Capital gain tax advice needed - 10% tax bracket in 2012

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Lethal
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Capital gain tax advice needed - 10% tax bracket in 2012

Post by Lethal » Fri Dec 07, 2012 6:20 pm

I am a grad student and only worked for the summer so I have a low income for 2012 and will be in the 10% tax bracket this year. I have large unrealized capital gains on just about all of my investments in my taxable account and these unrealized gains total about $45,000 currently.

For 2012 the 10-15% tax brackets do not pay capital gains taxes, correct? If this is the case, would it be wise to sell these investments (which are all long-term) before the end of the year? My thinking is that if I continue to hold these I will be in a higher tax bracket next year (probably 25% bracket) since I will have a full-time job and would have to pay a lot in taxes when I sell these investments, especially with the increasing rates in 2013.

Do capital gains count toward my tax bracket income? If I sold all of my investments and had $45,000 in capital gains would that put me in the 25% tax bracket for this year instead of the 10% bracket and cause me to pay the 15% long-term tax on all of my gains? And my last question are there any wash sales rules for this like with capital losses or could I sell all my investments in 2012 to avoid paying capital gains taxes and then immediately re-buy the same day and restart everything at a higher cost?

I am a little confused on how these taxes work and if anyone could clear this up I would appreciate it!

Edit: After going through my accounts, here is an updated summary with estimated totals of everything:

$6,000 wages
$45,000 unrealized long-term capital gains
$2,500 realized capital gains
$2,000 dividends
$7,000 Traditional IRA to Roth IRA conversion (not done yet)
$14,000 Tuition paid
Age 26, Single, Full-time Graduate Student
Last edited by Lethal on Sat Dec 08, 2012 10:12 am, edited 3 times in total.

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dmcmahon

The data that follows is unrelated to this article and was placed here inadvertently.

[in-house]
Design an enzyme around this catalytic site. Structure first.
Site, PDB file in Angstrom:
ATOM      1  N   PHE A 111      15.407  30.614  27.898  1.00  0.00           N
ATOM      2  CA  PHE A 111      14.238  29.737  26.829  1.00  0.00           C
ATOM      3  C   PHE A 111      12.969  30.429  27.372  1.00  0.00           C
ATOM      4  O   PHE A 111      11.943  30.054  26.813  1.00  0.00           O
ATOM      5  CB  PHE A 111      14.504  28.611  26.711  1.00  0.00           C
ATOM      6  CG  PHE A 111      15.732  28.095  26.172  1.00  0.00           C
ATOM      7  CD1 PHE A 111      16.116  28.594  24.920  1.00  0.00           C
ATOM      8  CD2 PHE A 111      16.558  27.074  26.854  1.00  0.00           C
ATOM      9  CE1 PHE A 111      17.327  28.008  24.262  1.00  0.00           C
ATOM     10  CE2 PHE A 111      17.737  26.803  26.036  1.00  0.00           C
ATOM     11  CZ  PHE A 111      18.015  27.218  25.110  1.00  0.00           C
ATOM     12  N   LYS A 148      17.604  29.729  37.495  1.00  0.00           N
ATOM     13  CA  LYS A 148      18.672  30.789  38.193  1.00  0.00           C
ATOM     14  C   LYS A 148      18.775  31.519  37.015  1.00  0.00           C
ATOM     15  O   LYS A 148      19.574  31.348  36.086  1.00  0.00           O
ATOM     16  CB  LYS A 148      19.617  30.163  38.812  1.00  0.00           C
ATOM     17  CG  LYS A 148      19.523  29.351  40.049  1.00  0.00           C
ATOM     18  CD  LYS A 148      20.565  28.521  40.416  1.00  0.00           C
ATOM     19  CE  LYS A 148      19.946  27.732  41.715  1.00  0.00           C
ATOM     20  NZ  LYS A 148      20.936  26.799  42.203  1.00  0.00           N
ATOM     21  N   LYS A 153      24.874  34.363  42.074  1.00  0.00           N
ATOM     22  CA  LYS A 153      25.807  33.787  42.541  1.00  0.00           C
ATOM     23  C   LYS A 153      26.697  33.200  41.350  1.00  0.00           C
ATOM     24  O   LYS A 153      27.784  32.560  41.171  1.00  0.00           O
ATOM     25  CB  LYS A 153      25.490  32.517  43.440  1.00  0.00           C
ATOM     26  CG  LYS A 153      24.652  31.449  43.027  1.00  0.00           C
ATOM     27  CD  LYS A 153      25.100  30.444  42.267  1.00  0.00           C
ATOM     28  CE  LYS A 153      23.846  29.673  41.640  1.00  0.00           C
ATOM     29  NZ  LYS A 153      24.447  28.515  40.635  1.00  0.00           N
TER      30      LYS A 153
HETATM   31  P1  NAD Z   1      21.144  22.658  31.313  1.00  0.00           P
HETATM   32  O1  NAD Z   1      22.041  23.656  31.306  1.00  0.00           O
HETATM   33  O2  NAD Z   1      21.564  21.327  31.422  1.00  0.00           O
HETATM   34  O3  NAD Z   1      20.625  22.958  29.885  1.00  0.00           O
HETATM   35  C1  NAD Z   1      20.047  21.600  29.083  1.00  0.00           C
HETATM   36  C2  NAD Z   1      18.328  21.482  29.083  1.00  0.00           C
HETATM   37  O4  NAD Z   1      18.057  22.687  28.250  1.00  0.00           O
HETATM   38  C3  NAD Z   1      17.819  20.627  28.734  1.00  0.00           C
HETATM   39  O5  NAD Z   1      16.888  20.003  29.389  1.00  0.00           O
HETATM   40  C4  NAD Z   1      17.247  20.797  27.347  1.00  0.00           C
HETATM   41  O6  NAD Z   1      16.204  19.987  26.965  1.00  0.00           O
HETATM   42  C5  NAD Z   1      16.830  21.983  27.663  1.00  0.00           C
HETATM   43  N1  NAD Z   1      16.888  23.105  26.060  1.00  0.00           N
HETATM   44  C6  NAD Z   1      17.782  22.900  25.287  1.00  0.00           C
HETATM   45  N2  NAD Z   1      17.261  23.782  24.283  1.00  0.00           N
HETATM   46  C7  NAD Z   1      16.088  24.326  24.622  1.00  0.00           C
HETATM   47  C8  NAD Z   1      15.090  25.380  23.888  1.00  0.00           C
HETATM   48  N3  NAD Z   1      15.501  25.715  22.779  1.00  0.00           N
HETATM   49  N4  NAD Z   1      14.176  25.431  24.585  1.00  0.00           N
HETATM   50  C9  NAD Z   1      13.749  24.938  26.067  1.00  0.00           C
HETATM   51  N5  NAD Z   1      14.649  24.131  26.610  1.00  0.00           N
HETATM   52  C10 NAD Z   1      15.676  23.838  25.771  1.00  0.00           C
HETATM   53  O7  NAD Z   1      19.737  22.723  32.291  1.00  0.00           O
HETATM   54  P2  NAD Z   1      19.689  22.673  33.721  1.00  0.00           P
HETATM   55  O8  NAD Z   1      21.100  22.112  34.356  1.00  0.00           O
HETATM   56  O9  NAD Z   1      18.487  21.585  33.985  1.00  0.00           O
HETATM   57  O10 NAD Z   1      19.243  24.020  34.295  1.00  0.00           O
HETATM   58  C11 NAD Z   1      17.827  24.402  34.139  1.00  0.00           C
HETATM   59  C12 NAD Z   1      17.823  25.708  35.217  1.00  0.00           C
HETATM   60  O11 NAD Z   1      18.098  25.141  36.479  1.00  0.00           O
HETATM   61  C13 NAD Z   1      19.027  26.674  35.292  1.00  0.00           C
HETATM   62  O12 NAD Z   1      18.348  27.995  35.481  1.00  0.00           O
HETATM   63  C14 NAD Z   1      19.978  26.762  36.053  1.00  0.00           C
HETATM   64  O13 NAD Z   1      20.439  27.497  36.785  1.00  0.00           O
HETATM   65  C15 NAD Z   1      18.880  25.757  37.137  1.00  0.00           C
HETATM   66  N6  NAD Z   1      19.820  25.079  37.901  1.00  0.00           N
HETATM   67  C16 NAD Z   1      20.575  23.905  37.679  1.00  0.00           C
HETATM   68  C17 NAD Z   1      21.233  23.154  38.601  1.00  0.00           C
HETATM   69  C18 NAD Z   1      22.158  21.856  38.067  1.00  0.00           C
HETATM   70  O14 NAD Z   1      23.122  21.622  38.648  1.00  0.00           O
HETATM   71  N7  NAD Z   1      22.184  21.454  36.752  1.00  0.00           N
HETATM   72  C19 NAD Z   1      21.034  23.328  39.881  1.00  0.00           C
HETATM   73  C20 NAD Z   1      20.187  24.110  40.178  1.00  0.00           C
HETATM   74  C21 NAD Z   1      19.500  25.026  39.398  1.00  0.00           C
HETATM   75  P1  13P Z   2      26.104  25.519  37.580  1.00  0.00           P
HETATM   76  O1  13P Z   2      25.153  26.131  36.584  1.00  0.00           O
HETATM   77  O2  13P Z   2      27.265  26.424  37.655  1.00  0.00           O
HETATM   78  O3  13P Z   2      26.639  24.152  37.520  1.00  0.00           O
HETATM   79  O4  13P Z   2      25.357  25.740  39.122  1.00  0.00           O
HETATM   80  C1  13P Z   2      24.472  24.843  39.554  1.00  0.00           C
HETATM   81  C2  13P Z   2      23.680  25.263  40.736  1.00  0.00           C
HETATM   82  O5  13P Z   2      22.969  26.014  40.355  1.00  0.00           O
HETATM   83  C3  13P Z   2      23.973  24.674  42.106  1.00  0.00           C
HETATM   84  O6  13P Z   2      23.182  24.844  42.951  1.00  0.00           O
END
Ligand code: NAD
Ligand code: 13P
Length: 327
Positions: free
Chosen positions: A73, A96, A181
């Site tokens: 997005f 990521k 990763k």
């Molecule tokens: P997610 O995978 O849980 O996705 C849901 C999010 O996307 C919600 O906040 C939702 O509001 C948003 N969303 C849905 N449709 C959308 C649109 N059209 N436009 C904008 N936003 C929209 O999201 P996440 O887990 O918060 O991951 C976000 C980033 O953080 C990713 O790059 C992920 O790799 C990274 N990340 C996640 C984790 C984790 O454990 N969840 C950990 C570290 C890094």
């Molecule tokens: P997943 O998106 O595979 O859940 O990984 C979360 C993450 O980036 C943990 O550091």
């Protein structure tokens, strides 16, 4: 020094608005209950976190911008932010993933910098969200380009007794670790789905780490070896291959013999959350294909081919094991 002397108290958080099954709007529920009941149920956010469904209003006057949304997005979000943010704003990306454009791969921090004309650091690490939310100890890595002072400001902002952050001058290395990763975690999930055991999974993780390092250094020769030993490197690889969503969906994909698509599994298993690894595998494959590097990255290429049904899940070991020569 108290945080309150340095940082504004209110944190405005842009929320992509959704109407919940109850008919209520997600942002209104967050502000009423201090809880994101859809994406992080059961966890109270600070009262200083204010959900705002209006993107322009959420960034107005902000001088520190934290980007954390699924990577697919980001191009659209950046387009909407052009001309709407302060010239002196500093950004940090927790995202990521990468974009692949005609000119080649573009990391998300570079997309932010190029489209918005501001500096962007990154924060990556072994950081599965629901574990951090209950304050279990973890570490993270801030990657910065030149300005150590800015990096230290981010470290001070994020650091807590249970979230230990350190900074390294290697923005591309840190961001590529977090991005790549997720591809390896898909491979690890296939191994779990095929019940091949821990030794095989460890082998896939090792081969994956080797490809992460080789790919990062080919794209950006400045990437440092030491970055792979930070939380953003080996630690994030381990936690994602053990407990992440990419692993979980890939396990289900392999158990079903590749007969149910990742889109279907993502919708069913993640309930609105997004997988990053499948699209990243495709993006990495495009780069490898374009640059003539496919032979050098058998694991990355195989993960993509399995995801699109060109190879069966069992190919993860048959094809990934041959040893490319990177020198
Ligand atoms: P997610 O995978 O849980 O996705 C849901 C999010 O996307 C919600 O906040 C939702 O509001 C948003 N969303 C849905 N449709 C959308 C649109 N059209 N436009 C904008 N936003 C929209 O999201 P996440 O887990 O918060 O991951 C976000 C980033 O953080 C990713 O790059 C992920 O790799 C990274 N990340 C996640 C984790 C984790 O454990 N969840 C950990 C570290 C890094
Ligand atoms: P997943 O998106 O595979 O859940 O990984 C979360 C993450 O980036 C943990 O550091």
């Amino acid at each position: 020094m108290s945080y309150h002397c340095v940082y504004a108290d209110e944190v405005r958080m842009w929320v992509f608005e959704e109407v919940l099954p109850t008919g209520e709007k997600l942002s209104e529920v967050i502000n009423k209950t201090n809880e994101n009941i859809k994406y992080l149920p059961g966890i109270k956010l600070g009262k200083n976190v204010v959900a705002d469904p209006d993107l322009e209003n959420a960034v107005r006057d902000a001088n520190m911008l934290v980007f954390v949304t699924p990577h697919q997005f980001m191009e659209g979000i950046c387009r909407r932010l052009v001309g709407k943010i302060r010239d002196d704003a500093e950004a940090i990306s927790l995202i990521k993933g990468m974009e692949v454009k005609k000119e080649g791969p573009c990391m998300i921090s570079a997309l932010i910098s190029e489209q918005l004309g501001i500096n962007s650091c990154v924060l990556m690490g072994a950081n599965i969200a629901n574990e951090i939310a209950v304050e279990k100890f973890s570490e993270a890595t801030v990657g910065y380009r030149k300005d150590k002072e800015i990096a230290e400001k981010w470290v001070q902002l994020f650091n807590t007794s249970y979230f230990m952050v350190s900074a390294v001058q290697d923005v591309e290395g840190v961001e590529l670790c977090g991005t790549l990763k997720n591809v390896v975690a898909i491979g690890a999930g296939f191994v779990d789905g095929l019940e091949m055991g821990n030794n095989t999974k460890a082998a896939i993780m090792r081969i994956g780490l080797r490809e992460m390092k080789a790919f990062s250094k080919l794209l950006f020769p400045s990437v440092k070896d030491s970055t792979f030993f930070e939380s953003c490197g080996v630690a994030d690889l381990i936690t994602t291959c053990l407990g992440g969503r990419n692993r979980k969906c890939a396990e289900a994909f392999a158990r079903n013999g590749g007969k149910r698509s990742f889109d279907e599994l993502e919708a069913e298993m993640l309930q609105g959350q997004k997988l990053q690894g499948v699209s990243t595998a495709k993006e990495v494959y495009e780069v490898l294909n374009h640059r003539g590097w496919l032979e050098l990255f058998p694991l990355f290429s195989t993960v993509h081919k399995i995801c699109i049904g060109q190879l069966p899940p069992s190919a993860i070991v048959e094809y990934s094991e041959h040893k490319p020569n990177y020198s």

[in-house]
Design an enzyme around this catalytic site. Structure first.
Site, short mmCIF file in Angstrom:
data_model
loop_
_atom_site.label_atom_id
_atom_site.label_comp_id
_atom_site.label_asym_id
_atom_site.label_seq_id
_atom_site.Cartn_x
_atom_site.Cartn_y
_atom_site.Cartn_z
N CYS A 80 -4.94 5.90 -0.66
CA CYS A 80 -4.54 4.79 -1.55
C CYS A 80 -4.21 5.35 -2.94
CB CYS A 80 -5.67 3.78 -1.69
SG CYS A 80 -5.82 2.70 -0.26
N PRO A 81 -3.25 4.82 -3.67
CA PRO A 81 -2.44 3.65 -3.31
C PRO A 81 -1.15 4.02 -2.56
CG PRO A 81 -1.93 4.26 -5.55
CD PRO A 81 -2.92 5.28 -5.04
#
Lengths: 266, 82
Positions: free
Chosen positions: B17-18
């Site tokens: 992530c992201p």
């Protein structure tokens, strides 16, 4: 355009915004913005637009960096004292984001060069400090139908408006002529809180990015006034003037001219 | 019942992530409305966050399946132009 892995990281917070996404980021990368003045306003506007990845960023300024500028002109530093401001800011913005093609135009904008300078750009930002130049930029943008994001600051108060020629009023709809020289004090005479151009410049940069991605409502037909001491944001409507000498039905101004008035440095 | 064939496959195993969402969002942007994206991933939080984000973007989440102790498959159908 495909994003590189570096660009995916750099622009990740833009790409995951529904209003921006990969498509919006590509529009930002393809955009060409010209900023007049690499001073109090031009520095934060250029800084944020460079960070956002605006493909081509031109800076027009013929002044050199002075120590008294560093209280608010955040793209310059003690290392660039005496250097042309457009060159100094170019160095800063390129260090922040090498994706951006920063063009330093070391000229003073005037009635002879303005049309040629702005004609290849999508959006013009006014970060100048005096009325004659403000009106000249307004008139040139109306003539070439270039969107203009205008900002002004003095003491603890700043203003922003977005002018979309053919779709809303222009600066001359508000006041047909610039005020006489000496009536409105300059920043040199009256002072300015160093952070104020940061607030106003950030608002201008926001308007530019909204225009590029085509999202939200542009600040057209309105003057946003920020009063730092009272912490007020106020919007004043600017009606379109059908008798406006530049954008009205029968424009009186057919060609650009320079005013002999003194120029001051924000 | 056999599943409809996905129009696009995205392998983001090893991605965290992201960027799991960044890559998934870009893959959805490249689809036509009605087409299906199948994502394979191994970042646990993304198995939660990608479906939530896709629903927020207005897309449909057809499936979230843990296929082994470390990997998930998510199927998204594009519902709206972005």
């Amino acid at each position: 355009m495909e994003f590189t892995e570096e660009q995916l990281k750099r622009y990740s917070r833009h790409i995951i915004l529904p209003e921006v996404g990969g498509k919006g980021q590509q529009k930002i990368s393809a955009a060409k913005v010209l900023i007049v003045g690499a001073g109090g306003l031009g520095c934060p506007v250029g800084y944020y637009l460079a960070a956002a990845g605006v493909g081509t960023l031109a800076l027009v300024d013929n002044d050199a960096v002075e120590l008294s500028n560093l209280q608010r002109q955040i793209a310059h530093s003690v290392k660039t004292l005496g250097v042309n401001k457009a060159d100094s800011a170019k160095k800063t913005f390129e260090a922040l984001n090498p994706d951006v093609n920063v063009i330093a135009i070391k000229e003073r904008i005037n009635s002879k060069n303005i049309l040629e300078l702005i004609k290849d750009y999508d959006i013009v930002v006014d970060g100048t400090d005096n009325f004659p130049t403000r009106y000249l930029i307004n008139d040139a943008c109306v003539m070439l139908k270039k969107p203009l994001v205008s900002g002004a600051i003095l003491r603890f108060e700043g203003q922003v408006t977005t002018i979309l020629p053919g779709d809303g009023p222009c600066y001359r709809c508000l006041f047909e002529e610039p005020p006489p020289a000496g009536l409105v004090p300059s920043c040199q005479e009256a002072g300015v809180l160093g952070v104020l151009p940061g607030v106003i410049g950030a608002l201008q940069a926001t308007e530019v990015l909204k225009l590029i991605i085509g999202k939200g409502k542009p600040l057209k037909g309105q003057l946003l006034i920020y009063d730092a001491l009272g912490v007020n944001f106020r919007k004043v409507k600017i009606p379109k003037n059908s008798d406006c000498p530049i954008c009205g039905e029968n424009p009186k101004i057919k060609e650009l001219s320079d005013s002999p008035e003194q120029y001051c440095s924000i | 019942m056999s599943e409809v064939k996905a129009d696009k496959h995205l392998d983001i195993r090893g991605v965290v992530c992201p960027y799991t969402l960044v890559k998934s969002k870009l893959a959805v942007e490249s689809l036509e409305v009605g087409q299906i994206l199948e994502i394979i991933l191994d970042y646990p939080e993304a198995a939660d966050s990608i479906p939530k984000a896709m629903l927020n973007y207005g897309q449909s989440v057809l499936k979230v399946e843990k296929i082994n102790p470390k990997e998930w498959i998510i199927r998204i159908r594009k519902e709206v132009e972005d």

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Re: Capital gain tax advice needed - 10% tax bracket in 2012

Post by dmcmahon » Fri Dec 07, 2012 6:30 pm

You can sell for a gain and then buy back the position (assuming you don't really want to liquidate the investment) to reset your basis. I believe the "wash sale" rules apply only to losses, so you can buy back your positions within seconds of selling them. This may be worth the transaction costs (commissions and the spread) if you really can realize the gains at 0%. You are correct to think that the gains may themselves push you into a higher bracket, meaning that some of the profits would be subject to this year's 15% rate. Whether that's a good move for you or not is harder to judge. This may be helpful:

http://www.kiplinger.com/columns/taxtip ... redux.html

livesoft
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Re: Capital gain tax advice needed - 10% tax bracket in 2012

Post by livesoft » Fri Dec 07, 2012 6:35 pm

Try this: Do a web search for "taxcaster", go to Taxcaster and enter your numbers. The more you learn about how to do your own taxes, the more taxes will you will save. This is really easy, so come back and let us know the answers to your questions. That is, you should be able to clear this up all by yourself.
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kaneohe
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Re: Capital gain tax advice needed - 10% tax bracket in 2012

Post by kaneohe » Fri Dec 07, 2012 6:36 pm

You didn't say whether you were married or not so ........assuming you are single (you can change the numbers if married):
based on this http://fairmark.com/reference/index.htm

The 25% bracket is reached at (rounded ) 35.4K taxable income. Add your 3.8K exemption and 6.0K (rounded) std deduction,
and you get 45.2K of AGI allowed . Sounds like with your other income , you'll probably be in the 25% bracket a bit.